In episode 3 of Rendez-vous CH, Canadiens goaltending coach, Stephane Waite, talks to host Marc Denis about the team's plan for Carey Price and Al Montoya, how he preps his charges, and what goes into the decision to make a goalie change in-game.
MARC DENIS: I'm joined by Canadiens goaltending coach, Stephane Waite. Stephane, the team has had a great start to the season. For a goalie coach, the work is even more concentrated and specific, but both of your goaltenders have had excellent starts as well.
STEPHANE WAITE: It would be hard not to be satisfied. It started with Carey [Price] at the World Cup. It was impressive to see him back at the top of his game over those two weeks. It took a few exhibition games during the World Cup for him to find his game shape and then it was impressive to see. I've been really happy with his start to the NHL season. Same for Al [Montoya], who had a great start. Carey missed our first three games, and Al did a great job. He helped give us some momentum at the beginning of the year. We're really happy. Seeing that from Al wasn't a surprise. I've liked his play for three years now. He's been one of the best back ups in the NHL for the last three years. We're very satisfied so far.
MD: You're satisfied with your goaltending tandem, but we also hear frequently about a "plan". With everything that's happened with Carey where he wasn't able to finish the last two seasons, to injuries and managing fatigue for a guy who played at the World Cup, is the plan established at this point and has that plan been followed since the start of the season?
SW: Yes. Obviously we didn't anticipate having Al start the first three games, but that's part of it where you may have to deal with things like injuries. Since then, we've followed the plan we had established. It's a plan that extends over the entire season, in an ideal world. I know exactly when Al is going to play this week, I know when he'll play in a month, and I know when he'll play in three months. But that's also in a "perfect world" scenario. There are things that can happen: injuries, bad performances, or even depending on the team's play and where we are in the standings, we might need to switch things if there's a "must win" game. We have a plan and we'd like to lighten Carey's load a little. The first goal is to make the playoffs, but then you also want to win when you get there and you need fresh goaltenders to do that.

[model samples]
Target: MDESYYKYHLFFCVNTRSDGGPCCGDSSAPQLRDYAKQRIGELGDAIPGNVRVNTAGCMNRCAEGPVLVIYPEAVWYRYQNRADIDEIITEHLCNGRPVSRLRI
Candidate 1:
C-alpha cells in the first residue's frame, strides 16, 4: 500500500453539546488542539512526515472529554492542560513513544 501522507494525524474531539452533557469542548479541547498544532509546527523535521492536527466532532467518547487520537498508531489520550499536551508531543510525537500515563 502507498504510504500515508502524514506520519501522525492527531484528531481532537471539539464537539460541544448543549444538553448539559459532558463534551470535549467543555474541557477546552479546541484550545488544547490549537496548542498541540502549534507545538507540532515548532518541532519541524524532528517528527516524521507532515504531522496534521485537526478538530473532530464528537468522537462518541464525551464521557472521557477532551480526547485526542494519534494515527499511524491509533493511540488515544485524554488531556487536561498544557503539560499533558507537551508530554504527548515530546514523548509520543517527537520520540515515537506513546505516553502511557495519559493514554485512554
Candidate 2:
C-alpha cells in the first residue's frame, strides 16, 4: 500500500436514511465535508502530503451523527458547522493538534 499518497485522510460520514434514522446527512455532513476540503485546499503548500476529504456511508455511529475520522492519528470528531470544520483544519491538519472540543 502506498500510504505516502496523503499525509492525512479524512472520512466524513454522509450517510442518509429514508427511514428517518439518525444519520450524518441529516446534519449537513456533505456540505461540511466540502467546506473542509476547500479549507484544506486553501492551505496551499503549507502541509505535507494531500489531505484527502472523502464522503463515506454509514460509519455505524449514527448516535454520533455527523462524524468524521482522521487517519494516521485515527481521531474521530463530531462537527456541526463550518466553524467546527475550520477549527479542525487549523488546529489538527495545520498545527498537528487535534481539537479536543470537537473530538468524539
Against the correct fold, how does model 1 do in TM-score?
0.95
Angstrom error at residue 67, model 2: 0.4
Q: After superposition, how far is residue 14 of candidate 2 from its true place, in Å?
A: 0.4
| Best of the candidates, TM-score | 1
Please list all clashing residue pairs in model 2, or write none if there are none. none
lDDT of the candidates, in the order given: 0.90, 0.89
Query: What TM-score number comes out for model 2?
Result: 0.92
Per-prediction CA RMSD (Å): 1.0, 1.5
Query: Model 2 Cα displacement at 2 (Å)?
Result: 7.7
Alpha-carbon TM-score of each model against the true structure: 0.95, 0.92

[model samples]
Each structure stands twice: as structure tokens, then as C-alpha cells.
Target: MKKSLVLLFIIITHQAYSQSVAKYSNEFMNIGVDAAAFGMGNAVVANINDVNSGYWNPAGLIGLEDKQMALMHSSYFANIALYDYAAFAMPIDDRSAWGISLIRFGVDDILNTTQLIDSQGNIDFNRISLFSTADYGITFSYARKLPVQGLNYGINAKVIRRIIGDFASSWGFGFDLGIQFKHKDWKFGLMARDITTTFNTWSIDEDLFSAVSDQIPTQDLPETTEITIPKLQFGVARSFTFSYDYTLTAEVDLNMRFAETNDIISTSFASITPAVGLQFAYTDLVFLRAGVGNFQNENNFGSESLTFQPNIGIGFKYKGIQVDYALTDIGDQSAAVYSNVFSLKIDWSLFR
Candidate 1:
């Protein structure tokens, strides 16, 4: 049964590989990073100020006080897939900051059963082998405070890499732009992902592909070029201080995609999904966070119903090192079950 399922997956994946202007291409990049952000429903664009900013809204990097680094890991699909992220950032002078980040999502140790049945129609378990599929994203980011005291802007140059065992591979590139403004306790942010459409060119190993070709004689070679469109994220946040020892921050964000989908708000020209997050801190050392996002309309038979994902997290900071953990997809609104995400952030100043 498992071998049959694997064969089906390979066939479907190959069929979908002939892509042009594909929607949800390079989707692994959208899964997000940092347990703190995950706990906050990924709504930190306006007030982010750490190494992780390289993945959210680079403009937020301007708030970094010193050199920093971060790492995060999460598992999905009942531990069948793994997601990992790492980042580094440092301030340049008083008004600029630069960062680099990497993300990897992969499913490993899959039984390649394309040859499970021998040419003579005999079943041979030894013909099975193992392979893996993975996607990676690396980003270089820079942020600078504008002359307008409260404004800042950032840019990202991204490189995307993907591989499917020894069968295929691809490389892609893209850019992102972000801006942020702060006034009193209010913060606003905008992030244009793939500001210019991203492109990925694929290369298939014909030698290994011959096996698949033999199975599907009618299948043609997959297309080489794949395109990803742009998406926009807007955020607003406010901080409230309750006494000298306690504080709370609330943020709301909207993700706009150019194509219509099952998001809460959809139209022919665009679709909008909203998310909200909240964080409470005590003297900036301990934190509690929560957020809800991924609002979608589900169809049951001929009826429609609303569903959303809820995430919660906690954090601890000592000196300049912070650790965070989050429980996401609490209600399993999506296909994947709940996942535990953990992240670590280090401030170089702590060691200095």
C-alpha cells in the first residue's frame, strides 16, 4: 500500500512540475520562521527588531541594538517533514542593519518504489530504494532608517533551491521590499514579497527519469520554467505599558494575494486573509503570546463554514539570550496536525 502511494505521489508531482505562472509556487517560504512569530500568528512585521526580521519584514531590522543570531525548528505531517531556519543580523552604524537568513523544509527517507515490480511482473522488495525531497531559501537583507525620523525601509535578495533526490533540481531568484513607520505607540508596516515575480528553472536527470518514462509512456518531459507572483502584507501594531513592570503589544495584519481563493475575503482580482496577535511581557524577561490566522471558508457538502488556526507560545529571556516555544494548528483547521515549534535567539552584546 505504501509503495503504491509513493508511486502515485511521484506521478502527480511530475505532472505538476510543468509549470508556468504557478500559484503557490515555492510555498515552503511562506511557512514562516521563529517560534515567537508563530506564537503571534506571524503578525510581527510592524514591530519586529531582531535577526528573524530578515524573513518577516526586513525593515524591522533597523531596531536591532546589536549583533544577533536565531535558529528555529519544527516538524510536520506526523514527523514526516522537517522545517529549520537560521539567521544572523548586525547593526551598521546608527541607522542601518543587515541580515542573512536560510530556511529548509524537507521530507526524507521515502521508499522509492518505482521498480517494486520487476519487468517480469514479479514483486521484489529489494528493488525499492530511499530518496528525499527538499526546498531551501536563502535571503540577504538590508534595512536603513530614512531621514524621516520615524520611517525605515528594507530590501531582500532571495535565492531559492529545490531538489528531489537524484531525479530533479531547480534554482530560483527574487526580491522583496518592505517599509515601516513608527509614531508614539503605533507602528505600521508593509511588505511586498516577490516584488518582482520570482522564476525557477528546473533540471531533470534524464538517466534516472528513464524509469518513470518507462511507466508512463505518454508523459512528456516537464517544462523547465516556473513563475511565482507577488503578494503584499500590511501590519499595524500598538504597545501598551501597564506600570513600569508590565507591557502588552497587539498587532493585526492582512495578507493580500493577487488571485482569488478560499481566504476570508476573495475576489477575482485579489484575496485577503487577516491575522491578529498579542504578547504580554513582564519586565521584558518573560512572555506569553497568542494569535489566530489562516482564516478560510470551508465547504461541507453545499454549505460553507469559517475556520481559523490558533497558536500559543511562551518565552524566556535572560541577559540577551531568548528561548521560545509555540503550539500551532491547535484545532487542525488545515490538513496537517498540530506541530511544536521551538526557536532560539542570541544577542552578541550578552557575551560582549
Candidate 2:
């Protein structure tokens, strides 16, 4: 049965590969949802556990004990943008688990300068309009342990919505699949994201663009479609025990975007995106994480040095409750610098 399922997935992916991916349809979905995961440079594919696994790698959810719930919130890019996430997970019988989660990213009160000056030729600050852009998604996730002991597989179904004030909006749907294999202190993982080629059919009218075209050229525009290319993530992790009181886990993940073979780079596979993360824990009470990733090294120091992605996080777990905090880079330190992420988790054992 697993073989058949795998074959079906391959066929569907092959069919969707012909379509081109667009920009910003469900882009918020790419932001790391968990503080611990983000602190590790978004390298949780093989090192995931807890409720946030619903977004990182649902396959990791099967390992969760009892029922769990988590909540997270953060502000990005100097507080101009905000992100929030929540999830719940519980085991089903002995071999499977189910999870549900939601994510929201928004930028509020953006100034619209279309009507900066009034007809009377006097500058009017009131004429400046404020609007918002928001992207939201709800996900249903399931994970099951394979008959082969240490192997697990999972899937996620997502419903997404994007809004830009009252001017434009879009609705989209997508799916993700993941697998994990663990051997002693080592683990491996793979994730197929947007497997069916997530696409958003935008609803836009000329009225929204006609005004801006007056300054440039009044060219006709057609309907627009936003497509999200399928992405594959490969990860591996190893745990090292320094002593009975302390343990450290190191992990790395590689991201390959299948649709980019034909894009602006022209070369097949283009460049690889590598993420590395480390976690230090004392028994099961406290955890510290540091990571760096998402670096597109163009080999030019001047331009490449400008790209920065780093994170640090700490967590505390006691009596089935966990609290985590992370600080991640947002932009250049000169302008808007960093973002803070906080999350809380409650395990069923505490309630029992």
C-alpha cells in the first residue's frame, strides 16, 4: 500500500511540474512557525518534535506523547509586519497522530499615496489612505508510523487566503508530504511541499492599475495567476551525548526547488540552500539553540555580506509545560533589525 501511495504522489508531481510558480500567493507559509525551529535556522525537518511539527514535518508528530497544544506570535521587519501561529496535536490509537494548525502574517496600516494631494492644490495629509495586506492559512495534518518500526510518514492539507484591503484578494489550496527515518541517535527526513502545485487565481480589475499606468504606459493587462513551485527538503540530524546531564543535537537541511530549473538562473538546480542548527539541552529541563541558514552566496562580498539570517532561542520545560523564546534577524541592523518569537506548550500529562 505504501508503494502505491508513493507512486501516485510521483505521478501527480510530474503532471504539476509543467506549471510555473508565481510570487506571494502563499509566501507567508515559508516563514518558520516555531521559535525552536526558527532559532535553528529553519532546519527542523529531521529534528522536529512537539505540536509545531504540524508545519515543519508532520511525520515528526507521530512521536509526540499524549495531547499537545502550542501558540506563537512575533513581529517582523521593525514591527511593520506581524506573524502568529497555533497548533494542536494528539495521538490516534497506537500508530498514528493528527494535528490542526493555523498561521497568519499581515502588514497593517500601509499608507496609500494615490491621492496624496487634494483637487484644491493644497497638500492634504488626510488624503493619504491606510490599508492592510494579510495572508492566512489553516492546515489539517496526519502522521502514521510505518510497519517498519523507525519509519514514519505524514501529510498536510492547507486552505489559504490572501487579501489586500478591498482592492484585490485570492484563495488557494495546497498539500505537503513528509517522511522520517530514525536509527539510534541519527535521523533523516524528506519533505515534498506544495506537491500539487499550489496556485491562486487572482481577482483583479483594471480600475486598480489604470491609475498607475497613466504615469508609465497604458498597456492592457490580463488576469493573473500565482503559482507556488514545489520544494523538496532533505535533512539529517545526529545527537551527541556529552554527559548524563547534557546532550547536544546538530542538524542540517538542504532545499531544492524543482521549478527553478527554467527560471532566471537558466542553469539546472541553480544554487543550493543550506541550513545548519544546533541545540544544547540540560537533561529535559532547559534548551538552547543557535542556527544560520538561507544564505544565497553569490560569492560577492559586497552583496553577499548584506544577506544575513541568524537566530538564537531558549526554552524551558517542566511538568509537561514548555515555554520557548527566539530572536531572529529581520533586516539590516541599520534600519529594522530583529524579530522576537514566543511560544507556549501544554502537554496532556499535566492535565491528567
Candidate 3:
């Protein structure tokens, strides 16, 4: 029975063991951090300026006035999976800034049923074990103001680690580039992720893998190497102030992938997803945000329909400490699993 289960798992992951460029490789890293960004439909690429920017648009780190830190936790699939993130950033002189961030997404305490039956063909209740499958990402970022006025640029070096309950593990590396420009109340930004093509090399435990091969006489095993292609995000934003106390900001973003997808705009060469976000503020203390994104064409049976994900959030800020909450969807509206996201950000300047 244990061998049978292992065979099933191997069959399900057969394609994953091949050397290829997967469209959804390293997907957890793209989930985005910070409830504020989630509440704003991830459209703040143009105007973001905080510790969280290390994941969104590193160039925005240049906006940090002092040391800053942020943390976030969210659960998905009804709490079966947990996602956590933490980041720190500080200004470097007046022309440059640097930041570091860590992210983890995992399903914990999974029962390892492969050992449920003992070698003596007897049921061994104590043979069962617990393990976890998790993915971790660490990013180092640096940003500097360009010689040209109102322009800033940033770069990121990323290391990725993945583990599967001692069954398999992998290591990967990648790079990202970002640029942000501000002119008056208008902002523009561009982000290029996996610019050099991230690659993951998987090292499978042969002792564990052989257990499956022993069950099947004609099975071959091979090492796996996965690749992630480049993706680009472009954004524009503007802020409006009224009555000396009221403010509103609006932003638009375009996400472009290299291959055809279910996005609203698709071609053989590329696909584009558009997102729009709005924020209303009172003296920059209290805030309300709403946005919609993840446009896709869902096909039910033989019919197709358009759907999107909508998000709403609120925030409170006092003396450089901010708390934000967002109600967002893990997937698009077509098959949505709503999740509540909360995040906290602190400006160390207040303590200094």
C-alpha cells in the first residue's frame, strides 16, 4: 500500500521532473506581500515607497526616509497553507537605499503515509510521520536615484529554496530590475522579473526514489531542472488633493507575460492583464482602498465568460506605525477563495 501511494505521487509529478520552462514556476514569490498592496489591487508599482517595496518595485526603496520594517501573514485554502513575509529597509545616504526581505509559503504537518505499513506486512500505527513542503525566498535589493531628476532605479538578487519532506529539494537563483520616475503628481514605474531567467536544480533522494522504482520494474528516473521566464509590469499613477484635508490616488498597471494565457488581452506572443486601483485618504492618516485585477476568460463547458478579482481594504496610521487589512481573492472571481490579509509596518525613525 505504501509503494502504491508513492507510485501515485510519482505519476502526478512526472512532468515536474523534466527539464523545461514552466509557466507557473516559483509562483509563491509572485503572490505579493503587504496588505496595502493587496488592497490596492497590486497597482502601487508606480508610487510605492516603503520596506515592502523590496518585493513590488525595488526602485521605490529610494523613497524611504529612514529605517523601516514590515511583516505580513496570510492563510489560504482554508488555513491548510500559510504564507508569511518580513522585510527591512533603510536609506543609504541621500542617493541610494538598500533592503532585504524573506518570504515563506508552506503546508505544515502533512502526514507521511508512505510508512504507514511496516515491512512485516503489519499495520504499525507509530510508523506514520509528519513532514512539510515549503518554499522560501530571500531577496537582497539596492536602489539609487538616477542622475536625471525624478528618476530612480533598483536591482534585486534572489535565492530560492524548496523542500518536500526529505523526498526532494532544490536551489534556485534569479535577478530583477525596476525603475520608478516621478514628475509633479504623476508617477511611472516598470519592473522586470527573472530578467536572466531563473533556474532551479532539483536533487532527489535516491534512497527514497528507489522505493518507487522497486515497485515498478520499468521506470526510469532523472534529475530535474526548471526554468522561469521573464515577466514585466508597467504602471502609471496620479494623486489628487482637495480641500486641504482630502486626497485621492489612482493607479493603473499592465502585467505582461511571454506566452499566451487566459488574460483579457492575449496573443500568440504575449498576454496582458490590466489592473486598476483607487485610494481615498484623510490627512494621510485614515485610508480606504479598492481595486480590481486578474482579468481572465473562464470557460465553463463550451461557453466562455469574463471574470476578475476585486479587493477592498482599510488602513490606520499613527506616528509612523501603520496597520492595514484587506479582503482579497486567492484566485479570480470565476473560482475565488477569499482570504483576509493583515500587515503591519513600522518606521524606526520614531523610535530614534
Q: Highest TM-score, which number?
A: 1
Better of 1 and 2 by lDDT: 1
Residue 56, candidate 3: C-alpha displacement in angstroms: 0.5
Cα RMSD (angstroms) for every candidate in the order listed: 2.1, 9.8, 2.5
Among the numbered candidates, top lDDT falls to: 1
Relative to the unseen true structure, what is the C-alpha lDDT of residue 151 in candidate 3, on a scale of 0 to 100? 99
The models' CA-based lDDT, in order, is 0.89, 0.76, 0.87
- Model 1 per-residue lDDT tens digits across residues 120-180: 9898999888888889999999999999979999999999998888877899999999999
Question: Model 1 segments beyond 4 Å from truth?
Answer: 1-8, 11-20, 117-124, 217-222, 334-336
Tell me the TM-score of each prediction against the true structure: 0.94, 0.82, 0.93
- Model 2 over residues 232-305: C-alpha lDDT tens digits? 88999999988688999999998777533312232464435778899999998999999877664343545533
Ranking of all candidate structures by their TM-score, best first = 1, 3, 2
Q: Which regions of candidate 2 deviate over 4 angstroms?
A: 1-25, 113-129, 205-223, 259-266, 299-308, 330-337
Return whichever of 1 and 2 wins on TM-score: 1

MD: Would I be wrong to assume that the magic number falls somewhere between 55 and 60 games?
SW: No, that's exactly it. That's why it's so important to have a good back up - a guy like Al Montoya, who has a lot of experience. The better he is, the better it is for Carey. Because the better Al is, the more he'll play, and that helps Carey stay fresh for the playoffs. I've always said that your No. 2 goalie is probably the most important player on the team, because if he doesn't do his job, you won't make the playoffs. A good back up is that important.
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MD: You talked about changing the plan in exceptional circumstances. That's happened already and it will likely happen again during the season. How do you manage an urgent situation like that in a timely way? How do you decide whether or not to keep a goalie in the net when he's having a bad night or when the team isn't playing well or you just need to give the team a little spark? Michel Therrien talks a lot about working as a team, even among the coaching staff, so how do you approach a situation like that?